Reentry Poses Challenges for West Virginians' Life After Prison
Thursday, February 23, 2023
West Virginians released from prison are not allowed to vote until their parole or probation period is over and their sentence is complete.
Since people can be placed on parole in some cases for up to ten years for low-level offenses, criminal justice advocates said they are effectively barred from civic participation, even as they get jobs and resume community life.
Ashley Omps, criminal justice advocate for the group West Virginia Family of Convicted People, said Senate Bill 235, which restores the right to vote upon physical release from prison, would streamline the process of helping more people become part of their communities.
"If you are reintegrated back out into society, after serving your sentence, probation and parole, you're paying taxes and working, and you're technically a part of society again," Omps asserted. "We just feel like it's your right to be able to vote."
The state also is taking action to reduce its prison population. Lawmakers recently passed Senate Bill 232, which would help divert people with serious mental illness, developmental disabilities and substance use disorders from incarceration, and into appropriate community behavioral-health settings. The bill creates a statewide study group to develop recommendations.
Kenny Matthews, criminal justice advocate for the American Friends Service Committee, said another tool to reduce the number of people in prison is known as earned compliance credit. It is a system which creates "credits" or incentives based on earning a college degree, or other positive actions after prison, resulting in reduced supervision time.
West Virginia lawmakers are considering it, in House Bill 3445, which Matthews argued would benefit communities.
"So, you have the ability to incentivize people to do what's right and what they should do, as well as a mechanism to reduce the caseload and the incarceration rate," Matthews explained.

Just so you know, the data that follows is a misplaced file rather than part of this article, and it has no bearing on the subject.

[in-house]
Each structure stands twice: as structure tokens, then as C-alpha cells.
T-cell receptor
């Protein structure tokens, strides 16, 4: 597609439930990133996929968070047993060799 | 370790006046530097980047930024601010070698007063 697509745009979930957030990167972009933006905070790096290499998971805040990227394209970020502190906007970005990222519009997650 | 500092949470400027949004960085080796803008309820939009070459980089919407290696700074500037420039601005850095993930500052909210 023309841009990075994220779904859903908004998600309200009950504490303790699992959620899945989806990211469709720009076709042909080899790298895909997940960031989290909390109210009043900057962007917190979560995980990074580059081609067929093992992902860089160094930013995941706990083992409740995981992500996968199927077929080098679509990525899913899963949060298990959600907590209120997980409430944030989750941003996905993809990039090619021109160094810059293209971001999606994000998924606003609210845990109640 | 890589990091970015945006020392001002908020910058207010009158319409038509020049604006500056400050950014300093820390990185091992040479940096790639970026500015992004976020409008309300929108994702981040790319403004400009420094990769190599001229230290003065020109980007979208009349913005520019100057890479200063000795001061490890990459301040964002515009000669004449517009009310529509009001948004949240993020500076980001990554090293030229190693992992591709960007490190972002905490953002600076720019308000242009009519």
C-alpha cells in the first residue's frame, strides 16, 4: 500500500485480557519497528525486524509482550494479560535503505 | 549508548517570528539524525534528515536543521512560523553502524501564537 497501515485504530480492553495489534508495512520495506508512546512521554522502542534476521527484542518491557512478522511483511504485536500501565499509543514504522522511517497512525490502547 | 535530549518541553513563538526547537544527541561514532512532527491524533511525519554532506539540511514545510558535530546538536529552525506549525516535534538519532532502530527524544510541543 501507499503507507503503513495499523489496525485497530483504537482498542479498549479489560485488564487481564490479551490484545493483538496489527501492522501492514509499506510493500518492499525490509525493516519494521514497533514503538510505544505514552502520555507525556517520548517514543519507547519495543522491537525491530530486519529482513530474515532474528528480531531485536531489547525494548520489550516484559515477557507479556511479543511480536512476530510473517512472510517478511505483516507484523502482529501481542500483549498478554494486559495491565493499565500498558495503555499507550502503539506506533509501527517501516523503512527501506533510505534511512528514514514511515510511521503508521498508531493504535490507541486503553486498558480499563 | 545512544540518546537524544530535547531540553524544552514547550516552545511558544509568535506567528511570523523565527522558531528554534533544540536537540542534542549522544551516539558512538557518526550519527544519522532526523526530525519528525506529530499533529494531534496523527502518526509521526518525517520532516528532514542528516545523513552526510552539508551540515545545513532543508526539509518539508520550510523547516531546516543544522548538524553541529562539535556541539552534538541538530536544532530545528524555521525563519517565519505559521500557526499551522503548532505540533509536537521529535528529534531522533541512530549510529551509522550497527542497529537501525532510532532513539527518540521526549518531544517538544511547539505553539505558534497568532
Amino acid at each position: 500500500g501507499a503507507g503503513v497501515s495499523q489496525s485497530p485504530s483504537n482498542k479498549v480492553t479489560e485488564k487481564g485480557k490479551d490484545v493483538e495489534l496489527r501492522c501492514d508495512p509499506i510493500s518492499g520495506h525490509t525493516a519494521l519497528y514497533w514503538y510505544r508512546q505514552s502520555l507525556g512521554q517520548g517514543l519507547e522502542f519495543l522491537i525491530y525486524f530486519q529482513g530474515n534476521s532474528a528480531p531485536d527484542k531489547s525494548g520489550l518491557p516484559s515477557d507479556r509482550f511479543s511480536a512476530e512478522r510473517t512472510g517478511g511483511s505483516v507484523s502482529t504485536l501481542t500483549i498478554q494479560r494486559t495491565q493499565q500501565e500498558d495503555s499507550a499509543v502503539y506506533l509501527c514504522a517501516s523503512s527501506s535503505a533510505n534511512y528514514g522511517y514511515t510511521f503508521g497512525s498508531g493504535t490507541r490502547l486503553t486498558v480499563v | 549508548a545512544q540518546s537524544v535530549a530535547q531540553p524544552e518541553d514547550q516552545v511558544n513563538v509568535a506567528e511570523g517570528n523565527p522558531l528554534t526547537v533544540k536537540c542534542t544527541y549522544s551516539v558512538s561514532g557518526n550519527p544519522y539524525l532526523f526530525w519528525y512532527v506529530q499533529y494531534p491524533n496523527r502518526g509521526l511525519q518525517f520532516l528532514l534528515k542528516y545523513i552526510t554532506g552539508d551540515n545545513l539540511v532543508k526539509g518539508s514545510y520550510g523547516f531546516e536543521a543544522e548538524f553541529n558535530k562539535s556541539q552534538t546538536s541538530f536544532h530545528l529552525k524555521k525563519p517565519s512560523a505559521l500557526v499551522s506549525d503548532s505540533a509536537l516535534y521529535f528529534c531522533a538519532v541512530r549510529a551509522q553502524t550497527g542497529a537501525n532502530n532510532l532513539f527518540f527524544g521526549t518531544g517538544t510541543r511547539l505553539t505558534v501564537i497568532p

Research shows states like Maryland and New York have saved money by implementing earned compliance credits.
get more stories like this via email
Health and Wellness
In the wake of the devastating overdose epidemic in North Carolina, the state's Department of Health and Human Services is stepping up to aid …
In cities across the globe, including the Michigan city of Midland, various organizations are commemorating International Day of Peace today…
In rural Alabama, where hurricanes and tornadoes are a constant threat, communities often struggle with damage and limited resources for extended …
A group of West Virginia Democratic delegates is calling for a special session to address West Virginia University's budget shortfall. Del. Evan …
While many Wyomingites of Hispanic descent came from Mexico, there is a lesser-known population from the old Spanish settlements of northern New …
People in rural America are five times as likely to live in so-called "ambulance deserts," areas far from an ambulance service or station, than those …
Health and Wellness
The prevalence of Type 2 diabetes is on the rise in Mississippi. About one in seven Mississippians lives with diabetes. Jernard A. Wells, cookbook …
This week, feminism passes a milestone of sorts as the iconic publication, Ms. Magazine, looks back on its first fifty years. A new book has just …